Lynk then tried to handcuff Sallie. Perkins grabbed Lynk's arm. Sallie turned his back and locked his arms in front of him so he could not be handcuffed. Lynk told Sallie to stop resisting. Sallie continued to do so. Lnych then took out his taser, removed the cartridge and delivered a "drive stun" for two to three seconds in the middle of Sallie's back. Lynk was then able to handcuff Sallie.

In the meantime, Lutton and Hrubovcak were able to arrest McClain and had started to move him toward the police car for pat-down and transport. Hrubovcak had witnessed Perkin's interference with the efforts to place Sallie under arrest. He ran up on the porch and pulled Perkins off of Lynk's arm. Hrubovcak then placed Perkins under arrest and handcuffed her.

Lynk escorted Sallie to the police car for pat-down and transport. Hrubovcak took Perkins.

By this time, the crowd had moved in front of Sallie's place and other residents from across the street had come out. Approximately 30 to 40 people had gathered in the vicinity, including individuals from adjacent houses and across the street. As Lynk took Sallie toward the car, he placed a second call for assistance, this time making a high priority "all available" request. Officers from surrounding communities arrived on the scene and McClain, Sallie and Perkins were taken to the station.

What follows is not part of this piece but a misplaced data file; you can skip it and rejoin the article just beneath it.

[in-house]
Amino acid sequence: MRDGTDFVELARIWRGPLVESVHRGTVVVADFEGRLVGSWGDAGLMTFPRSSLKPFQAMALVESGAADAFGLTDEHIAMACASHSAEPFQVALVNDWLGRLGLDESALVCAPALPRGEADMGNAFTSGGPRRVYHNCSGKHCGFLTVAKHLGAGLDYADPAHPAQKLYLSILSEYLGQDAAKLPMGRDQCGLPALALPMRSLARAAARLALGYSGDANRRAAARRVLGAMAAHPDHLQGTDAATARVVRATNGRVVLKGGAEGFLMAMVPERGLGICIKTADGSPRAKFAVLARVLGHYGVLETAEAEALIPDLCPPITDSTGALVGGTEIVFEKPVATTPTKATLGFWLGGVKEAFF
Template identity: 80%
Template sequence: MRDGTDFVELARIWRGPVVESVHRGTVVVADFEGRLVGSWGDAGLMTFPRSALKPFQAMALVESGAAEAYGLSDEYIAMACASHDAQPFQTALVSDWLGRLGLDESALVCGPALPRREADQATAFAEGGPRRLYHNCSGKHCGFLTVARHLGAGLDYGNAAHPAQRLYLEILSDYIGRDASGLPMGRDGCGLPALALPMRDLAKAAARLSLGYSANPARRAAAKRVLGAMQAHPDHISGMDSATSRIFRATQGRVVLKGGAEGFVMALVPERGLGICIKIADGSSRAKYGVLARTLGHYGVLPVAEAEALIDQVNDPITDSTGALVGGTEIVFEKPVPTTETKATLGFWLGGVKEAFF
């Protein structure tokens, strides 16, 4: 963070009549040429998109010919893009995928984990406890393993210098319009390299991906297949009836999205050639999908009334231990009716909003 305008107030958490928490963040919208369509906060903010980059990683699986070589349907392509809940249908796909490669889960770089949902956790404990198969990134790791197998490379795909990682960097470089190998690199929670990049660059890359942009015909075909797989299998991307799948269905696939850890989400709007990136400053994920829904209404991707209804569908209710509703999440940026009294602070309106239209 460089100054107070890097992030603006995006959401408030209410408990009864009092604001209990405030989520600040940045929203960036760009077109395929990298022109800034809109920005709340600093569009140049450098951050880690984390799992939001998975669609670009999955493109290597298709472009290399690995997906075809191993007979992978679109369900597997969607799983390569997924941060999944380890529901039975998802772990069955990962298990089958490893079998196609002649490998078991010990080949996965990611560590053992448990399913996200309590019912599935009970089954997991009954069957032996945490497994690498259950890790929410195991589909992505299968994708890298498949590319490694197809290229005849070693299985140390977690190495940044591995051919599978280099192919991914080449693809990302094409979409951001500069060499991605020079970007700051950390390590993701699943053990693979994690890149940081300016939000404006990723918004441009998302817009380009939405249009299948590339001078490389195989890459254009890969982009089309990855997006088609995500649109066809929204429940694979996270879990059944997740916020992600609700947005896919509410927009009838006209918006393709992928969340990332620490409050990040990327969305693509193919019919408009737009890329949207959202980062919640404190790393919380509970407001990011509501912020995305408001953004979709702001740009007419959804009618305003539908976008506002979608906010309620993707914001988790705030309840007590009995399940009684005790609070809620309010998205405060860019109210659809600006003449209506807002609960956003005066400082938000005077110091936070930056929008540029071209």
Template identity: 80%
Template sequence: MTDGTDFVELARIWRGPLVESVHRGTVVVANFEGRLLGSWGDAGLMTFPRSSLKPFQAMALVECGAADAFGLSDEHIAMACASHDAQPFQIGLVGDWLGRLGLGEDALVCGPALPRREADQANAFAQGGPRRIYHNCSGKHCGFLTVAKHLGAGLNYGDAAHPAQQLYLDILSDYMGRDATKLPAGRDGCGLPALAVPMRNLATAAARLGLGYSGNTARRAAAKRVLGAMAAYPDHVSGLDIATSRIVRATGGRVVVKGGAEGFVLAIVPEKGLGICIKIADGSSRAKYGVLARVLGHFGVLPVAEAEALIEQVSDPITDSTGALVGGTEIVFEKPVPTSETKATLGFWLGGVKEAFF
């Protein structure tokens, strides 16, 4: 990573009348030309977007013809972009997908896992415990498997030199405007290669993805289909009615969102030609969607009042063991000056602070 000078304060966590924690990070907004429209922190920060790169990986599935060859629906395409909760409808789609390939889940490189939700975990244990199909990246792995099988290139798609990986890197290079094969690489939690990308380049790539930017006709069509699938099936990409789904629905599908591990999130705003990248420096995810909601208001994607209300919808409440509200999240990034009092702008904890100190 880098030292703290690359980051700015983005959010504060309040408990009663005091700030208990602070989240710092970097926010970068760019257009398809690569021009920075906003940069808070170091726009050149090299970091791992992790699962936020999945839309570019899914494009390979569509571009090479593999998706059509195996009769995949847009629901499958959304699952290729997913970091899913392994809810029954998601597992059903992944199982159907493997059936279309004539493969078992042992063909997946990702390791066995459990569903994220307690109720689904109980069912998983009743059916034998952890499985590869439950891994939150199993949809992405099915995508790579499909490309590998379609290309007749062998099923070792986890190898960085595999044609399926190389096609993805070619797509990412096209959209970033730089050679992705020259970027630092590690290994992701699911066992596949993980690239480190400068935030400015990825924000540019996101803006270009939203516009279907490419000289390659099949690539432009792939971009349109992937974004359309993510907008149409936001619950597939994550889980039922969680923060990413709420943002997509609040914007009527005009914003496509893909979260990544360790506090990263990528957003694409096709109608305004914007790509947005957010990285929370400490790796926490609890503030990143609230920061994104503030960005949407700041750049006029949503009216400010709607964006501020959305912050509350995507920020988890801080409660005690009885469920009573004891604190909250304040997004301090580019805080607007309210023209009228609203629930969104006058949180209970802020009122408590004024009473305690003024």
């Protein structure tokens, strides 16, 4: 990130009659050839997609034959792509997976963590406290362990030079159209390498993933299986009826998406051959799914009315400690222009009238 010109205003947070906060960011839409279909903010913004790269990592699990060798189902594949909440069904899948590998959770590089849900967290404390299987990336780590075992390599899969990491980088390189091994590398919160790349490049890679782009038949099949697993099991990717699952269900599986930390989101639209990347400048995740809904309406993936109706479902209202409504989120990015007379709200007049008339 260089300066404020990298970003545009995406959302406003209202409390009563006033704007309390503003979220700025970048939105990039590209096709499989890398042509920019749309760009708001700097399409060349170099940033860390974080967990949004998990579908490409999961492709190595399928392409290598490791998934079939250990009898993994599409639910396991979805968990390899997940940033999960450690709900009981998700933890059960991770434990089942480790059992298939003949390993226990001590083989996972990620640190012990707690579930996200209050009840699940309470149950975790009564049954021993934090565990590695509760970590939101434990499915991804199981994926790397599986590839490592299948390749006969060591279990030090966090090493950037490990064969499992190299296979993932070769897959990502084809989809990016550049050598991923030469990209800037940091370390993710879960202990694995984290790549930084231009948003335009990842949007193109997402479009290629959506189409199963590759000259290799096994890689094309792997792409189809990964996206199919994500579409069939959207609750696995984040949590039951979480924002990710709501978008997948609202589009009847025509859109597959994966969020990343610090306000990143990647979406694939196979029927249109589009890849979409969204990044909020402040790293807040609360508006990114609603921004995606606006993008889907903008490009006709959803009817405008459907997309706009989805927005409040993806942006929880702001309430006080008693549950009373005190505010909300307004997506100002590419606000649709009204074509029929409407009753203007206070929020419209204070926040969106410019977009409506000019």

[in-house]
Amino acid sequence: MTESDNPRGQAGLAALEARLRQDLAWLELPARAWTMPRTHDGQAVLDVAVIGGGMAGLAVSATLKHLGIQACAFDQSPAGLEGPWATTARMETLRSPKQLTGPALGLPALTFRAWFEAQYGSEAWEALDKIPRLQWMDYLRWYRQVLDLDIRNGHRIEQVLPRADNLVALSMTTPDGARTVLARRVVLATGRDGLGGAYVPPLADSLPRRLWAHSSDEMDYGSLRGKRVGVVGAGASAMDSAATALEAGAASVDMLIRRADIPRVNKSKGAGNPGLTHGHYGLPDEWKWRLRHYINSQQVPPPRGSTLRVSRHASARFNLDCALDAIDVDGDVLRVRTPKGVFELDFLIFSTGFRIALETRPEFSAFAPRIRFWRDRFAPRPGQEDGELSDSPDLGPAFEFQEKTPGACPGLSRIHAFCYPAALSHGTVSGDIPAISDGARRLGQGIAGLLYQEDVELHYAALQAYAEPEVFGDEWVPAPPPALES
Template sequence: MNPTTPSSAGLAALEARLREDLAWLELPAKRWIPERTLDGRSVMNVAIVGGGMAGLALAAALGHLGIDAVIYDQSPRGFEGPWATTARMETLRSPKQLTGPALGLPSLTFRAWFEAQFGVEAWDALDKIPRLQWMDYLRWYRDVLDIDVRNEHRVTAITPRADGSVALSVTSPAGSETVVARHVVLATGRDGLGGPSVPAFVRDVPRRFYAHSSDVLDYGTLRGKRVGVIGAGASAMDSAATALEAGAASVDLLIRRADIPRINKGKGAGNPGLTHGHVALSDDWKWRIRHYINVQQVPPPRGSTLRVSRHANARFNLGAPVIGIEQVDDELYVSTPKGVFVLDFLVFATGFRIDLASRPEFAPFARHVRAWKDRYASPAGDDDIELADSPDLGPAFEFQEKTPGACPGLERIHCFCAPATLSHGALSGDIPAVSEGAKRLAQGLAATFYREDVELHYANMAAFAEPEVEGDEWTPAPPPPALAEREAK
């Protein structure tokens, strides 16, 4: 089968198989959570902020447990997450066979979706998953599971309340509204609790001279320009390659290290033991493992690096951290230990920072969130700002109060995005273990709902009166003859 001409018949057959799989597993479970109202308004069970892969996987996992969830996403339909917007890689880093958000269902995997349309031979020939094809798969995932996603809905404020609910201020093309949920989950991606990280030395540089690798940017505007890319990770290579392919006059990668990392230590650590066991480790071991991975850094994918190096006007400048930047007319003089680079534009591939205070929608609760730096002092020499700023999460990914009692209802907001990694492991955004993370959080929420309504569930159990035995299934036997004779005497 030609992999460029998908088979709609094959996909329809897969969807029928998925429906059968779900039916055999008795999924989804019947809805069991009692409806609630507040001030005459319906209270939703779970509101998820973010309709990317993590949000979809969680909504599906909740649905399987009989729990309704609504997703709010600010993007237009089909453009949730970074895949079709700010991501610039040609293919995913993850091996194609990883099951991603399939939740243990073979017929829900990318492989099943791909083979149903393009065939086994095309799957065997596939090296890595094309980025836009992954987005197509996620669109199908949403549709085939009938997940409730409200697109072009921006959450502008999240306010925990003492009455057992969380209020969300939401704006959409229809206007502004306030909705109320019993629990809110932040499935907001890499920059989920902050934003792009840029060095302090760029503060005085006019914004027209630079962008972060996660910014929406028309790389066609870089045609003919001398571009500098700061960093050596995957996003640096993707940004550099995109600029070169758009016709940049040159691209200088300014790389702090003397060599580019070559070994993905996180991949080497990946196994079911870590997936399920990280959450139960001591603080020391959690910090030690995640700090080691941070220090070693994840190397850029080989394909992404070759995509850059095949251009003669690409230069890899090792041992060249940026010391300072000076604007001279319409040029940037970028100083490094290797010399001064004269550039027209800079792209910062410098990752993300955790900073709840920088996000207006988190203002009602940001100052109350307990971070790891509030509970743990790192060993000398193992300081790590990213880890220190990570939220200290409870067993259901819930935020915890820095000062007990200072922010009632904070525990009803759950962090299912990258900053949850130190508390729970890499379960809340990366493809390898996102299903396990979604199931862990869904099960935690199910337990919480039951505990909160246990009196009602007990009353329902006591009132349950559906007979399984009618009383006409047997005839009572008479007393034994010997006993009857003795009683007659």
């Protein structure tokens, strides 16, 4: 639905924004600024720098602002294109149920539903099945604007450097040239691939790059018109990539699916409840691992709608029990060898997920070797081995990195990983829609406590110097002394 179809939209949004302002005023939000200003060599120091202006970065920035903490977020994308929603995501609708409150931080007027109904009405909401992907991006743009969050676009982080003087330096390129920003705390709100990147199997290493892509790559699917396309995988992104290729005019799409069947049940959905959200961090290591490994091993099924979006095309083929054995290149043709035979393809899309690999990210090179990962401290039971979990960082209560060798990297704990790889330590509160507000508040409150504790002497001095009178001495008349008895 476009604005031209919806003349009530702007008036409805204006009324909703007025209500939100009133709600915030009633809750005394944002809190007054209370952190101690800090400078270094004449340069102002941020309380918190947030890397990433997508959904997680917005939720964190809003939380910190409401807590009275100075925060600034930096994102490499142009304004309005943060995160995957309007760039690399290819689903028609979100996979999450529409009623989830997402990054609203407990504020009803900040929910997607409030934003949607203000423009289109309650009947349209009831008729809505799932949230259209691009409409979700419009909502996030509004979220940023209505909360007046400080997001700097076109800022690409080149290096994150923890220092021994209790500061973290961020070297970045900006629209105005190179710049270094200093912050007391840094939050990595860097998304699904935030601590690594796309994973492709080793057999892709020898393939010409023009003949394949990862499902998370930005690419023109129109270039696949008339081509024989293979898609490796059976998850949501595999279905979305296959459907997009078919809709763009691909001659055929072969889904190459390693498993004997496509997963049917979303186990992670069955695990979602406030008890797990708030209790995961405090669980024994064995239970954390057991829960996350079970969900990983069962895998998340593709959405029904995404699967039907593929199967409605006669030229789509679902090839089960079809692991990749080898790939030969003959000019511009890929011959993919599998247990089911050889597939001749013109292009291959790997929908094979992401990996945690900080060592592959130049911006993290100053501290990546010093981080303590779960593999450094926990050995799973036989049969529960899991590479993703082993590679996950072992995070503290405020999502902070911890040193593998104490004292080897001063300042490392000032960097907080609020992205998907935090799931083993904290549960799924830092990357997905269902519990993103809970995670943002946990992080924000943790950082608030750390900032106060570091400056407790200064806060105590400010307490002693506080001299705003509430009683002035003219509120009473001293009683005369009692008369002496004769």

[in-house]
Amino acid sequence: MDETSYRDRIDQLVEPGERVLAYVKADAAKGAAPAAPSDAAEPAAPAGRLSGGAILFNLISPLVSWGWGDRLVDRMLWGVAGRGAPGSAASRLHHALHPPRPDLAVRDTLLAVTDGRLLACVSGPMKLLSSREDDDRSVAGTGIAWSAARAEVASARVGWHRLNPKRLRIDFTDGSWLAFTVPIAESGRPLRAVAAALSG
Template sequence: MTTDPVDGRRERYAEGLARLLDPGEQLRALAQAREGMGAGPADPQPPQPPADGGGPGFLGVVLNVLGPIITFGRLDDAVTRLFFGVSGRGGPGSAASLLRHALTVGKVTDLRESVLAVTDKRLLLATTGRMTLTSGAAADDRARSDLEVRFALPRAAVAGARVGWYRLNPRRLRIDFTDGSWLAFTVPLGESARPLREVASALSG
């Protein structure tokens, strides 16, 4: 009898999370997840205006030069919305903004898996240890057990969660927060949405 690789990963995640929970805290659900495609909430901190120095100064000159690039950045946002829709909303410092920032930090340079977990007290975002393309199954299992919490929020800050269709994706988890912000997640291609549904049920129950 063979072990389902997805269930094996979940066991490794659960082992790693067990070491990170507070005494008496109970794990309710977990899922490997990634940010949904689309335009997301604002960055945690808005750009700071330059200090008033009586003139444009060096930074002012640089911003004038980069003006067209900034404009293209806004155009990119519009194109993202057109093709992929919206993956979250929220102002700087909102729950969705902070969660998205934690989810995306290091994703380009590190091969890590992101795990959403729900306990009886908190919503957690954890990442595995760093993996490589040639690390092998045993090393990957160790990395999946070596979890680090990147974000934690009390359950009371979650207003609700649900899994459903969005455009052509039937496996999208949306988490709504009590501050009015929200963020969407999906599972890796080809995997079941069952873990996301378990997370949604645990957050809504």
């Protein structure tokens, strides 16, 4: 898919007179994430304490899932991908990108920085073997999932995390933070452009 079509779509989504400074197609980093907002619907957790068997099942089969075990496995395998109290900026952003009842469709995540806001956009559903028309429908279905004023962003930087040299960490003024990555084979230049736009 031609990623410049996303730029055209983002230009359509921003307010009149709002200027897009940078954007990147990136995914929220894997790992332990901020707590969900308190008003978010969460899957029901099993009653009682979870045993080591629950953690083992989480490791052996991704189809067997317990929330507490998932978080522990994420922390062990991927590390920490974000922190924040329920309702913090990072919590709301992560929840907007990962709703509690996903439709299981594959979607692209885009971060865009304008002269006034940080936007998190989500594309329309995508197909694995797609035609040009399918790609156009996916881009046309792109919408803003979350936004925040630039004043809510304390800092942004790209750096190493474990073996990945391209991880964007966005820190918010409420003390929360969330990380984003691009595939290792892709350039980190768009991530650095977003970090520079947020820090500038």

Plaintiffs' version is quite different. They witnessed McClain fall on the sidewalk. Singleton helped McClain back up. McClain was having difficulty standing due to his intoxication. McClain merely was leaning on Singleton when the police arrived.

Lutton and Hrubovcak tackled McClain, taking him to the ground, and they started kicking him. Sallie's comments merely were critical of this police conduct and were delivered in a non-threatening manner. They were not directed toward or at the crowd and there was no interaction between Sallie and the crowd. Sallie did not threaten the officers, attempt to punch or strike the police, throw anything, brandish a weapon, or direct the crowd to interfere with the police. Throughout the entire incident Sallie remained on his porch.